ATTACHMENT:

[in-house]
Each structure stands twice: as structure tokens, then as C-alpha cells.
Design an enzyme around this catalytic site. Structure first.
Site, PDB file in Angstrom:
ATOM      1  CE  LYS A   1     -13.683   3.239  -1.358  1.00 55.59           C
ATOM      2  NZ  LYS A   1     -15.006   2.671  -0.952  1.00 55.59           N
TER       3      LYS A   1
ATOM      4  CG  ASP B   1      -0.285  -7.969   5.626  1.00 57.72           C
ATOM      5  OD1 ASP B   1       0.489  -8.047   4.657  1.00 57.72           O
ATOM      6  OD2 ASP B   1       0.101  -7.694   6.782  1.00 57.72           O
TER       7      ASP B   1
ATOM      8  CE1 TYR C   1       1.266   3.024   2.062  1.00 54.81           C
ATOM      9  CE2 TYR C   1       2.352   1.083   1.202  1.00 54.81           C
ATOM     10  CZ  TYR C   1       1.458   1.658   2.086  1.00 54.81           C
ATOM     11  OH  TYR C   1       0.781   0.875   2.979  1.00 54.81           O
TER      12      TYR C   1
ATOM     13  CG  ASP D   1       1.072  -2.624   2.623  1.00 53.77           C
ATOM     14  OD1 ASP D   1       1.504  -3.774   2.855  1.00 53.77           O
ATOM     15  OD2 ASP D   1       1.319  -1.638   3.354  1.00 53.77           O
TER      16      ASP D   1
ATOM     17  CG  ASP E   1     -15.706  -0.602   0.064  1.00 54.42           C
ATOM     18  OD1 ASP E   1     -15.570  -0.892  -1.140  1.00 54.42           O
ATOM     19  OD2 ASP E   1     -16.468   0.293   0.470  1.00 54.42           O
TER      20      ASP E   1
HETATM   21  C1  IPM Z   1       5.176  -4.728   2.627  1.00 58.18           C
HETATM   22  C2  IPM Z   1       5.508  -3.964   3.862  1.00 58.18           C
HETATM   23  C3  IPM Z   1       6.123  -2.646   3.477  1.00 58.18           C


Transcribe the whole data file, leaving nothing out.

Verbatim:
[in-house]
Each structure stands twice: as structure tokens, then as C-alpha cells.
Design an enzyme around this catalytic site. Structure first.
Site, PDB file in Angstrom:
ATOM      1  CE  LYS A   1     -13.683   3.239  -1.358  1.00 55.59           C
ATOM      2  NZ  LYS A   1     -15.006   2.671  -0.952  1.00 55.59           N
TER       3      LYS A   1
ATOM      4  CG  ASP B   1      -0.285  -7.969   5.626  1.00 57.72           C
ATOM      5  OD1 ASP B   1       0.489  -8.047   4.657  1.00 57.72           O
ATOM      6  OD2 ASP B   1       0.101  -7.694   6.782  1.00 57.72           O
TER       7      ASP B   1
ATOM      8  CE1 TYR C   1       1.266   3.024   2.062  1.00 54.81           C
ATOM      9  CE2 TYR C   1       2.352   1.083   1.202  1.00 54.81           C
ATOM     10  CZ  TYR C   1       1.458   1.658   2.086  1.00 54.81           C
ATOM     11  OH  TYR C   1       0.781   0.875   2.979  1.00 54.81           O
TER      12      TYR C   1
ATOM     13  CG  ASP D   1       1.072  -2.624   2.623  1.00 53.77           C
ATOM     14  OD1 ASP D   1       1.504  -3.774   2.855  1.00 53.77           O
ATOM     15  OD2 ASP D   1       1.319  -1.638   3.354  1.00 53.77           O
TER      16      ASP D   1
ATOM     17  CG  ASP E   1     -15.706  -0.602   0.064  1.00 54.42           C
ATOM     18  OD1 ASP E   1     -15.570  -0.892  -1.140  1.00 54.42           O
ATOM     19  OD2 ASP E   1     -16.468   0.293   0.470  1.00 54.42           O
TER      20      ASP E   1
HETATM   21  C1  IPM Z   1       5.176  -4.728   2.627  1.00 58.18           C
HETATM   22  C2  IPM Z   1       5.508  -3.964   3.862  1.00 58.18           C
HETATM   23  C3  IPM Z   1       6.123  -2.646   3.477  1.00 58.18           C